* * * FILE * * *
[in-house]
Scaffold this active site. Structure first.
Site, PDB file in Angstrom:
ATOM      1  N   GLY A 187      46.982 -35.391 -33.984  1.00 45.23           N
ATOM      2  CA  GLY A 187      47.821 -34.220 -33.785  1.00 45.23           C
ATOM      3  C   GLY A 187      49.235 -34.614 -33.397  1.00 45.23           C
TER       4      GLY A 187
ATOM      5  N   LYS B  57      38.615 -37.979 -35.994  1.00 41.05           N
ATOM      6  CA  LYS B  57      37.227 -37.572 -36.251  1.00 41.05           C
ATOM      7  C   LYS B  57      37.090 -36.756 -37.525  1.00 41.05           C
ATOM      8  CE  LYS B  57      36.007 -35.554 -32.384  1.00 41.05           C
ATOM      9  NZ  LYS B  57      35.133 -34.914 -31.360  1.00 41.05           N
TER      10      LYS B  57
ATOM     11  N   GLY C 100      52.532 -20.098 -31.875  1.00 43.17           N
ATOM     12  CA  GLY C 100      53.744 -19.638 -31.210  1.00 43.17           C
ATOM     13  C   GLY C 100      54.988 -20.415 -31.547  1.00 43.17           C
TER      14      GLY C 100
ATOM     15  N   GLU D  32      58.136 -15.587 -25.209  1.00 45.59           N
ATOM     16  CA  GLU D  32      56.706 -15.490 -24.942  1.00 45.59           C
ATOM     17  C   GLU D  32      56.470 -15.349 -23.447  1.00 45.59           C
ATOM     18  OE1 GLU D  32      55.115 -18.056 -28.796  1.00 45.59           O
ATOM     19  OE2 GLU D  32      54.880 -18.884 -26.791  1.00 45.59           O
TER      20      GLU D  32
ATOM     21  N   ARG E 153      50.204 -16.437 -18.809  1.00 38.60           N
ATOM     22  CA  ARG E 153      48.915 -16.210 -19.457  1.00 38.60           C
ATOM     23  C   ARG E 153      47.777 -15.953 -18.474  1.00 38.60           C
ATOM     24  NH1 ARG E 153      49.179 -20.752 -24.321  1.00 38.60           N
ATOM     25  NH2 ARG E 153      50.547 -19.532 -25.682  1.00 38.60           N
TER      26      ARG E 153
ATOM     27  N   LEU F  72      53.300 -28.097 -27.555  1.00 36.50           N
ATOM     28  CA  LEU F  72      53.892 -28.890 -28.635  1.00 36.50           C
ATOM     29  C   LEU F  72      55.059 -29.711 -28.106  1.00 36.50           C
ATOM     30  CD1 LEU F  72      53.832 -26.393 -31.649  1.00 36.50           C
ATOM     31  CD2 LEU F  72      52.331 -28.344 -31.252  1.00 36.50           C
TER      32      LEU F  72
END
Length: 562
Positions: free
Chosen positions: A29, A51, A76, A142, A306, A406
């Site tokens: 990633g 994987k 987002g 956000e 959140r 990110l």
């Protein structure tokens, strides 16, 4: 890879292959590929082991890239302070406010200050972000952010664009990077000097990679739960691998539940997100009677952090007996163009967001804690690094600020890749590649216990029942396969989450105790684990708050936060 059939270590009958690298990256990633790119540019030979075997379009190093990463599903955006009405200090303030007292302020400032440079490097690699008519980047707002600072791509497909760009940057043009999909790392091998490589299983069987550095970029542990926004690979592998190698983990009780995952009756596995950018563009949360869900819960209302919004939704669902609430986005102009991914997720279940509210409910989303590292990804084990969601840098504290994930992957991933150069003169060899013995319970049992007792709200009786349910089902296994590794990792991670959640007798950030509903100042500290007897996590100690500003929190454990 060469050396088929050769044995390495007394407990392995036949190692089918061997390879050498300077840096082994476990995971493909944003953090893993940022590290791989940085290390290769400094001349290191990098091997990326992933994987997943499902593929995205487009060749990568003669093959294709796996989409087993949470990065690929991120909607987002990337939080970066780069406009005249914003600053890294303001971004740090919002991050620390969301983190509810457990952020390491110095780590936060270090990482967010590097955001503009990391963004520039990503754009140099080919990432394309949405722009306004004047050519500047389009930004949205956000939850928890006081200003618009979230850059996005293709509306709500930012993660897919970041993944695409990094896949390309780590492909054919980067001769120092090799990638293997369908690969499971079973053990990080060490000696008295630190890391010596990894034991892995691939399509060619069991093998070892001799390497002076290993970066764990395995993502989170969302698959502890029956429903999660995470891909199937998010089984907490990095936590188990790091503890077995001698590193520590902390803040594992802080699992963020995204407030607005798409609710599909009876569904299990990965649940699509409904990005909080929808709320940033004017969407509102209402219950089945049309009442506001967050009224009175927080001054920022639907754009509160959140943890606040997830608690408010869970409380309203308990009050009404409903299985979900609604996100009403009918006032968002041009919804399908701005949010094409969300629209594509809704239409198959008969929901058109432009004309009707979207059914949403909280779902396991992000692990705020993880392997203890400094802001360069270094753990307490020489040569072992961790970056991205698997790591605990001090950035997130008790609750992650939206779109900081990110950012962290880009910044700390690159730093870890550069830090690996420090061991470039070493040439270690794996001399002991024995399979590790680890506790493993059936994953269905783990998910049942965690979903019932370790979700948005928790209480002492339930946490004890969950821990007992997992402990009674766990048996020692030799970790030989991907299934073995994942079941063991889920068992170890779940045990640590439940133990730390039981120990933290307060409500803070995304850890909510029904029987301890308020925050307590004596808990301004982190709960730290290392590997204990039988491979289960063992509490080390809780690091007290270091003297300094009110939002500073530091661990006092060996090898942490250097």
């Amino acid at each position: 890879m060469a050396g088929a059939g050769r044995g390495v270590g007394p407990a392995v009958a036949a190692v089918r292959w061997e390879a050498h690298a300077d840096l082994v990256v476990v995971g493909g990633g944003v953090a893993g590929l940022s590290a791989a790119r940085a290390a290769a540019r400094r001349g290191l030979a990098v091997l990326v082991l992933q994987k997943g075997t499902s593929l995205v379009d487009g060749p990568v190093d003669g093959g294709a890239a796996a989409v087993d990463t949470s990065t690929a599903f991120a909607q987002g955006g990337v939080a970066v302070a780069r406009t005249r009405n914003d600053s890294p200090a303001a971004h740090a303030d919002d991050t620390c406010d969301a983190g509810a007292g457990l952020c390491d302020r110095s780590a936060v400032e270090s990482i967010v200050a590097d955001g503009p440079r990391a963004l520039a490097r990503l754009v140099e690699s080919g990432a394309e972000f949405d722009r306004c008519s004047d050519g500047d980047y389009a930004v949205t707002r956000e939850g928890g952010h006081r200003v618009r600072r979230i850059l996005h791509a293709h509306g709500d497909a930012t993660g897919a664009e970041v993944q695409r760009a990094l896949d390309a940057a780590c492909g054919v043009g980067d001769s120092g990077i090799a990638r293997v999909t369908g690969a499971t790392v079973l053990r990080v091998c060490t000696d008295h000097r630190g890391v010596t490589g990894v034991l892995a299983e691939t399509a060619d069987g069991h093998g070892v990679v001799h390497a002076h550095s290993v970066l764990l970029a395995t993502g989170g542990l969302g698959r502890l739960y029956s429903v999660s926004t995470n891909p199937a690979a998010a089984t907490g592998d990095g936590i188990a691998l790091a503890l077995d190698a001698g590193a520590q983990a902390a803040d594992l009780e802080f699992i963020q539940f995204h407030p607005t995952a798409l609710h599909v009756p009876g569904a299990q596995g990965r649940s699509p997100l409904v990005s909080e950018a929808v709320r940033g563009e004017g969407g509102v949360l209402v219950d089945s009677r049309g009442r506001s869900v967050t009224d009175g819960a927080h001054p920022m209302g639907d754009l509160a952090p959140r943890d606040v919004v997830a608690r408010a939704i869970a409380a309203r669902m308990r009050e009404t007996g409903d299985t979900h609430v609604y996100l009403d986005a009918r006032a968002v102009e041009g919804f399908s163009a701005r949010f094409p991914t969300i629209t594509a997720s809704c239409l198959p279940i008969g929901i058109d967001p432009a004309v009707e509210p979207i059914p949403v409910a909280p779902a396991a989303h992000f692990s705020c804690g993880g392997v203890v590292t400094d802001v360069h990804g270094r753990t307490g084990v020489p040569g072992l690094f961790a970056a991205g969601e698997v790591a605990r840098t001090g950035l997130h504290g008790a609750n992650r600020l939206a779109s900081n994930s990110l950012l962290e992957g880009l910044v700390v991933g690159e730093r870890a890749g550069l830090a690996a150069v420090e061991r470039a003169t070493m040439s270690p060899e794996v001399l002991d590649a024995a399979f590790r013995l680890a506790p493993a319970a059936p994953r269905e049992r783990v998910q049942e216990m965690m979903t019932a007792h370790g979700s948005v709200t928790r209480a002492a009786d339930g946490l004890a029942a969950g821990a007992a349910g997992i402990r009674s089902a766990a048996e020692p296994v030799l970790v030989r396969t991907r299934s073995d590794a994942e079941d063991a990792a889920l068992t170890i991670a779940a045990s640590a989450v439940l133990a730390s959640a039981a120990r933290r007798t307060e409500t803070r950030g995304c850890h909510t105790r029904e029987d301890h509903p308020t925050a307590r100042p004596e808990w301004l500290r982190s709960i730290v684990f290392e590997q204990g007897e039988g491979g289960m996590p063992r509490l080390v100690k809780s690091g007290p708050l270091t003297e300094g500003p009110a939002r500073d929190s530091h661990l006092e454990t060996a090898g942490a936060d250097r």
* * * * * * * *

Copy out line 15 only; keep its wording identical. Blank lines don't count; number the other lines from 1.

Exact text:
ATOM     12  CA  GLY C 100      53.744 -19.638 -31.210  1.00 43.17           C